According to the Global Status Report on Road Safety 2018, road traffic injury is the leading cause of death for young people aged 5–19 around the world. Thousands of children are killed or seriously injured each day, often on their way to or from school. For this reason, it is crucial that road safety is improved around school districts.
On Friday 8 November 2019, Alliance member Thiago Gonzaga Foundation hosted a Round the World Roundtable in Porto Alegre, Brazil, to urge local authorities to commit to improving road safety around schools. In Porto Alegre alone, the Public Company of Transportation and Circulation (EPTC) found that road traffic crashes represent 40% of death and injury among children and adolescents. To combat this issue, Rodrigo Tortoriello, Secretary of Urban Mobility; Marcelo Gazen, Secretary of Infrastructure and Mobility; Marcelo Hansen, Technical Director of EPTC; Julio Urzua, Americas Regional Director of the International Road Assessment Programme (iRAP); and Regis Gonzaga, President of Thiago Gonzaga Foundation, signed a commitment to improve the safety of school areas and to work towards a decrease in the number of death and serious injury among children and young people in the municipality.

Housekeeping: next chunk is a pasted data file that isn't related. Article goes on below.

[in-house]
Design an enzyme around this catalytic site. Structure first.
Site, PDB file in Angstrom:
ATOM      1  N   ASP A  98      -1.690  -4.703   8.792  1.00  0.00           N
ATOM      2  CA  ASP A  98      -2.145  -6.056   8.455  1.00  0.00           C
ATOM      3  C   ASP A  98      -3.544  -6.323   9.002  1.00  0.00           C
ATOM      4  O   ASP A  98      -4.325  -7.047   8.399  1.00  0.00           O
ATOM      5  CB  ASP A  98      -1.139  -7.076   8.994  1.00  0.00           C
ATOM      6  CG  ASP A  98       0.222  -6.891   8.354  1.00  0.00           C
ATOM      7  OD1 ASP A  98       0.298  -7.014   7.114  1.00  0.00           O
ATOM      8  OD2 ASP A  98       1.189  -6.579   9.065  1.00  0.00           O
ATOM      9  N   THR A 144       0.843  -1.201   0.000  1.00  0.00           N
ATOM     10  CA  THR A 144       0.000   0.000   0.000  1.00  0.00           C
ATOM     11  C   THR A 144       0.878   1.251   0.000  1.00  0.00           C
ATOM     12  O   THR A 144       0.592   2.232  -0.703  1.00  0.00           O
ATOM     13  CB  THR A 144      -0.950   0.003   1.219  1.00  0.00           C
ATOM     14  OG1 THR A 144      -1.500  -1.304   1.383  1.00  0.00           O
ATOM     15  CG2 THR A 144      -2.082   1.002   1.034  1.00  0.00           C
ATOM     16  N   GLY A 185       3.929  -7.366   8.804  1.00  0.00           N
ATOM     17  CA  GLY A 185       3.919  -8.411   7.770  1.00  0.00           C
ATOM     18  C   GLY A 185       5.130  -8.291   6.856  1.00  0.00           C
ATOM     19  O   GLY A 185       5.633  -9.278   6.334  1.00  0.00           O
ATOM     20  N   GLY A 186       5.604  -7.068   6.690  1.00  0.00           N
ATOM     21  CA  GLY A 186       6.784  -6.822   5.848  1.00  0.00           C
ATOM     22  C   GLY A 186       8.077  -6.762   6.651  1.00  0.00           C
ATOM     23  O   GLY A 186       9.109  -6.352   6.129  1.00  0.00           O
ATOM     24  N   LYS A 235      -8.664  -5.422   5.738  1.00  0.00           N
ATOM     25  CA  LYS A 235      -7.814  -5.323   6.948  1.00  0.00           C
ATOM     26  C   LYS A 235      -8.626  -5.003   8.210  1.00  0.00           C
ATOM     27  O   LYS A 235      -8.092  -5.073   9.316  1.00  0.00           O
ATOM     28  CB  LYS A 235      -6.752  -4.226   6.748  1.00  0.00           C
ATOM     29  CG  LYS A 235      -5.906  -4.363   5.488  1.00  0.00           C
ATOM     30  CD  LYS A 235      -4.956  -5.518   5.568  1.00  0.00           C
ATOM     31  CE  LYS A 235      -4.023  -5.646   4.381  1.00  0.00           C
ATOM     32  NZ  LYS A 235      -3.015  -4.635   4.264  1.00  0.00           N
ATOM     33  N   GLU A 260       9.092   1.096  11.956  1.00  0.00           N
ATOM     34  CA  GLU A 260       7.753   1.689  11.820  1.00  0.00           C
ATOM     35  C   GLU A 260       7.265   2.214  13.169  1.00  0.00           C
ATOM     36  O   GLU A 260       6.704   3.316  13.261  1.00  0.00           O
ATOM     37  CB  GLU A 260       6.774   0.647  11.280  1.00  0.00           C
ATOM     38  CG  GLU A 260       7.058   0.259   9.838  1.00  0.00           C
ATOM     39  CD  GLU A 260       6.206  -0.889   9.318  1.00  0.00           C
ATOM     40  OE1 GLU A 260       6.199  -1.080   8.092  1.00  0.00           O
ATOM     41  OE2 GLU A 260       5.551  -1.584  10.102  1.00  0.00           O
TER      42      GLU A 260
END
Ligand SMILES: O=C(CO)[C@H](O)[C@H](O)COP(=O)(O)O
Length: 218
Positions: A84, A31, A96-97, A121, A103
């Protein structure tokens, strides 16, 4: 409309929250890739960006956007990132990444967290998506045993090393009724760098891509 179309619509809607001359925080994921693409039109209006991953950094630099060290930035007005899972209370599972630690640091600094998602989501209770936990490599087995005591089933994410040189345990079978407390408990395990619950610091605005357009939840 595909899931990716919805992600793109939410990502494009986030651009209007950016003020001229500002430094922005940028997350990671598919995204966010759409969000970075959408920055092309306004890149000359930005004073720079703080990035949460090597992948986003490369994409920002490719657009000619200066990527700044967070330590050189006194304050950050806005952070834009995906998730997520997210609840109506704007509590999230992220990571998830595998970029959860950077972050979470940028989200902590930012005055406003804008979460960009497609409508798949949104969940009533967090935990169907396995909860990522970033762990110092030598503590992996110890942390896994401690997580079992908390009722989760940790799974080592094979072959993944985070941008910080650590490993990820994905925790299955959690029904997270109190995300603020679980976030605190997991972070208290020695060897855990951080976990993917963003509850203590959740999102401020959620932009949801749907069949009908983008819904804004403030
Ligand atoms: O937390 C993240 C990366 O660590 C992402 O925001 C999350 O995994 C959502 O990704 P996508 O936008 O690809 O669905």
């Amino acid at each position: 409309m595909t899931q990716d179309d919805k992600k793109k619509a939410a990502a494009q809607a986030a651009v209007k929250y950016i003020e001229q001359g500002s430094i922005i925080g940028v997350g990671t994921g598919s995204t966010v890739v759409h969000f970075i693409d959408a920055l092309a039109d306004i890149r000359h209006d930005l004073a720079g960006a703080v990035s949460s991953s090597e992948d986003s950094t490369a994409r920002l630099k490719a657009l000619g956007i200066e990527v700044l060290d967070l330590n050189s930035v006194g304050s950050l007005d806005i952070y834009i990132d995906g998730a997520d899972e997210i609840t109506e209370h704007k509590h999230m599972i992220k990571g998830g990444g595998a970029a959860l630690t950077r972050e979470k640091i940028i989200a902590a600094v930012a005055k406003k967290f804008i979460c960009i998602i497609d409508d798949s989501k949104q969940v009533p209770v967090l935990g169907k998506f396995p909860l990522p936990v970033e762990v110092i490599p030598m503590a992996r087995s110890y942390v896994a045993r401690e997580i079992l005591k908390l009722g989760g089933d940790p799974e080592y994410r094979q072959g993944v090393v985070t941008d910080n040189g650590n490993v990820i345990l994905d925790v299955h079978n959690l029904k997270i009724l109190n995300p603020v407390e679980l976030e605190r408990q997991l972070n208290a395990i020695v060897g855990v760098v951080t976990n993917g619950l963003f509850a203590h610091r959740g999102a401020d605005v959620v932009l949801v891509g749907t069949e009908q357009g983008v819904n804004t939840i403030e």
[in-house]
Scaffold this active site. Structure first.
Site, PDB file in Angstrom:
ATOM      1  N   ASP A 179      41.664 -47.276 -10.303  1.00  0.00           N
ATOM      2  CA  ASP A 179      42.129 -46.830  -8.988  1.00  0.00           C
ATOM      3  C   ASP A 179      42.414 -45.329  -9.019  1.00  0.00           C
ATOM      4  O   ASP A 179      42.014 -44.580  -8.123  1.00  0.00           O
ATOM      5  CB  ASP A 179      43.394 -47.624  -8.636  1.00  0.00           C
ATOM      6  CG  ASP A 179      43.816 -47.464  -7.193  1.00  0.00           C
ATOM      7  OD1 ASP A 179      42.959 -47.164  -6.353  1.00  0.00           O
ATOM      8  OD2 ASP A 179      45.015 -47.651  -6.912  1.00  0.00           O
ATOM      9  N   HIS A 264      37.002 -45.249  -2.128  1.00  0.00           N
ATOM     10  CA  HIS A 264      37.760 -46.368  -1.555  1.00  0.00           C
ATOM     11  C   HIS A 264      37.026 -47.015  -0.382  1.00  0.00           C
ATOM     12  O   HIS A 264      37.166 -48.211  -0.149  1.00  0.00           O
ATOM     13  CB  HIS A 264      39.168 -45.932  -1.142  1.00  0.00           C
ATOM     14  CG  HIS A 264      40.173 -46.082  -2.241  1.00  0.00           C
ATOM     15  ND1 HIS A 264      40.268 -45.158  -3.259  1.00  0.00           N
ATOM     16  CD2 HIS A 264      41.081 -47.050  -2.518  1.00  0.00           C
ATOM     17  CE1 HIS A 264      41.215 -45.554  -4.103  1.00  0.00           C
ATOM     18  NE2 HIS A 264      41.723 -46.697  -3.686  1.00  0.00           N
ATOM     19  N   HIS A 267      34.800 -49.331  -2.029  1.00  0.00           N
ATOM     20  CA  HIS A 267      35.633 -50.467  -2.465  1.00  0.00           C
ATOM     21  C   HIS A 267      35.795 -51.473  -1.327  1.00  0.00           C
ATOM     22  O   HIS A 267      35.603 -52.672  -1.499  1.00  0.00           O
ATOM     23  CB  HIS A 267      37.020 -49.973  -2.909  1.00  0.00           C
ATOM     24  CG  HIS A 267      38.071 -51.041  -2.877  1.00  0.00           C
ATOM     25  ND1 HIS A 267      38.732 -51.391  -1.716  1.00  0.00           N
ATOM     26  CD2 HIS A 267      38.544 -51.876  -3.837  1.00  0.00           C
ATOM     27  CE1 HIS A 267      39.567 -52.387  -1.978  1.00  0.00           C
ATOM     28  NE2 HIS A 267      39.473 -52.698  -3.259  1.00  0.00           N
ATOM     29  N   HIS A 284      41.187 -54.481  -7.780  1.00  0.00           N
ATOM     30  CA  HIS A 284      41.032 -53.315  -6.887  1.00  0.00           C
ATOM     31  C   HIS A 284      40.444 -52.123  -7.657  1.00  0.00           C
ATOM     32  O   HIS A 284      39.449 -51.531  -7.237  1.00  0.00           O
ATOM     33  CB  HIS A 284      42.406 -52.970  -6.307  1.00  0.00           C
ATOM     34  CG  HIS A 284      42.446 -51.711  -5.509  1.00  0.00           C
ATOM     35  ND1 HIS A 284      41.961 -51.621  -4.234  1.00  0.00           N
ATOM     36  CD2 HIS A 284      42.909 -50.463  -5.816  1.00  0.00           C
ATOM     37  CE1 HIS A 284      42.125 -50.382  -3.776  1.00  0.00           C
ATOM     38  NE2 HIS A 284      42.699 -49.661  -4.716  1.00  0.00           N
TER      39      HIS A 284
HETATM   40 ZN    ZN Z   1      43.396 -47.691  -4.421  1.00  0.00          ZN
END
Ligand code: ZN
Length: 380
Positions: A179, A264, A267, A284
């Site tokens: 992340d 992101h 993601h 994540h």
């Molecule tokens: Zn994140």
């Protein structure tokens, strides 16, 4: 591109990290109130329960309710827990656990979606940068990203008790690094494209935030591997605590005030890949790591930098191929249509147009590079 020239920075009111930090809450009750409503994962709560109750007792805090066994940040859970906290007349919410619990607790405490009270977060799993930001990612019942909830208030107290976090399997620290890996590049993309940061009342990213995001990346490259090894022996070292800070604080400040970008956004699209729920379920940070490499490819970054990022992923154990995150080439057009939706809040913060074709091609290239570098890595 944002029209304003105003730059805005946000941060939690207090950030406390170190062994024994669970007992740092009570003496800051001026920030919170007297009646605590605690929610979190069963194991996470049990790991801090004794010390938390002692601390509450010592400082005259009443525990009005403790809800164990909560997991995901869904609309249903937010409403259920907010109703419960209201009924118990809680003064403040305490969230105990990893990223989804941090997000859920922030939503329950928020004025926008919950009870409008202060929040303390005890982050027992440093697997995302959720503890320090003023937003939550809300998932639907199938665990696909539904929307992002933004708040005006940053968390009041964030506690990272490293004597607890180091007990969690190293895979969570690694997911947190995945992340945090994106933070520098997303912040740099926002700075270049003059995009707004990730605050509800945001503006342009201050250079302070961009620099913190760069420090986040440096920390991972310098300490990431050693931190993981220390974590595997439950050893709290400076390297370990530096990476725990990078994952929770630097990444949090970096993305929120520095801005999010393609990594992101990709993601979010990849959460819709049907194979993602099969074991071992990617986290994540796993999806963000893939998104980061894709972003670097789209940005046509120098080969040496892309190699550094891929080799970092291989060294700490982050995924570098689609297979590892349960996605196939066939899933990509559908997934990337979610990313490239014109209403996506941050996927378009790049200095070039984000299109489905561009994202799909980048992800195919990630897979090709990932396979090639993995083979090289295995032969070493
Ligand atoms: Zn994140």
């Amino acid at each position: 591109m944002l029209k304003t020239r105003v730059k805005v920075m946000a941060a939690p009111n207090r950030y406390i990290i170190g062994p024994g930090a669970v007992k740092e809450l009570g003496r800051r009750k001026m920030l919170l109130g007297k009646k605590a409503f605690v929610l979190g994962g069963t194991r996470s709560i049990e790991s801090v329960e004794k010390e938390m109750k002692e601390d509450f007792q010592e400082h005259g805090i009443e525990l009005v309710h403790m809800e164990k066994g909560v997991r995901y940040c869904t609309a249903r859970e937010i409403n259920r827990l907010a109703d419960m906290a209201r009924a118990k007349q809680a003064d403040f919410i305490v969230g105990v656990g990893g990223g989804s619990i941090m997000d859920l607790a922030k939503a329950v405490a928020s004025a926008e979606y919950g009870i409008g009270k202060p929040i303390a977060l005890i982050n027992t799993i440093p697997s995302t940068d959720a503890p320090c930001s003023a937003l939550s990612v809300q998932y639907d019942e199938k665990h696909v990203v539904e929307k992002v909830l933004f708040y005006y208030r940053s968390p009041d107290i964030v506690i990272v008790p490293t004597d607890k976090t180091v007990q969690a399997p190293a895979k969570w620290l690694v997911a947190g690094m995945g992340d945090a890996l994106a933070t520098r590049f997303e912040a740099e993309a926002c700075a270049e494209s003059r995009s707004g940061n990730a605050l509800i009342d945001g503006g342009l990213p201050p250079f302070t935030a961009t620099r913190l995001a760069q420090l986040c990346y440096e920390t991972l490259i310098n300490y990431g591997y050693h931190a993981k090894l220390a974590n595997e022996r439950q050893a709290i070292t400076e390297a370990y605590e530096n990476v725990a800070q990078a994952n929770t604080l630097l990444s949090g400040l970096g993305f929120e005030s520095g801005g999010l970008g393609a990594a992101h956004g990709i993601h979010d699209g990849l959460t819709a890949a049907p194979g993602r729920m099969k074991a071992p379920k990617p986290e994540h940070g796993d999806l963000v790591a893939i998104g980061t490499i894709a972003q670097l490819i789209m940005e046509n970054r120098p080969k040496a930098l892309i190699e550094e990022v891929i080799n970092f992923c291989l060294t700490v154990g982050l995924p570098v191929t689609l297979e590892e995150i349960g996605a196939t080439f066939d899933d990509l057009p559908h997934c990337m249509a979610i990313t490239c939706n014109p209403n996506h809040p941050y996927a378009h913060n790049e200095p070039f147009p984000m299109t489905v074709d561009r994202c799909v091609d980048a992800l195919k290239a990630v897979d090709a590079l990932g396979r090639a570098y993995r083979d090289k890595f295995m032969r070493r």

Thiago Gonzaga Foundation and the City of Porto Alegre have formed a partnership to launch the ‘Safe Way’ project. This project will be the first in Brazil to use the iRAP Star Rating for Schools (SR4S) tool. It will also run community-government workshops, to provide evidence-based information on risks that children are exposed to around school zones. The aim of the Safe Way project is to reduce traffic incidents in school areas, to raise awareness of road safety, accessibility, and people-oriented design, and to promote better use of public spaces through community engagement.
Through the Star Ratings project, assessments of traffic in areas surrounding schools will be carried out and, improvements will be implemented based on the analysis for better and safer circulation of all people, especially children, in Porto Alegre.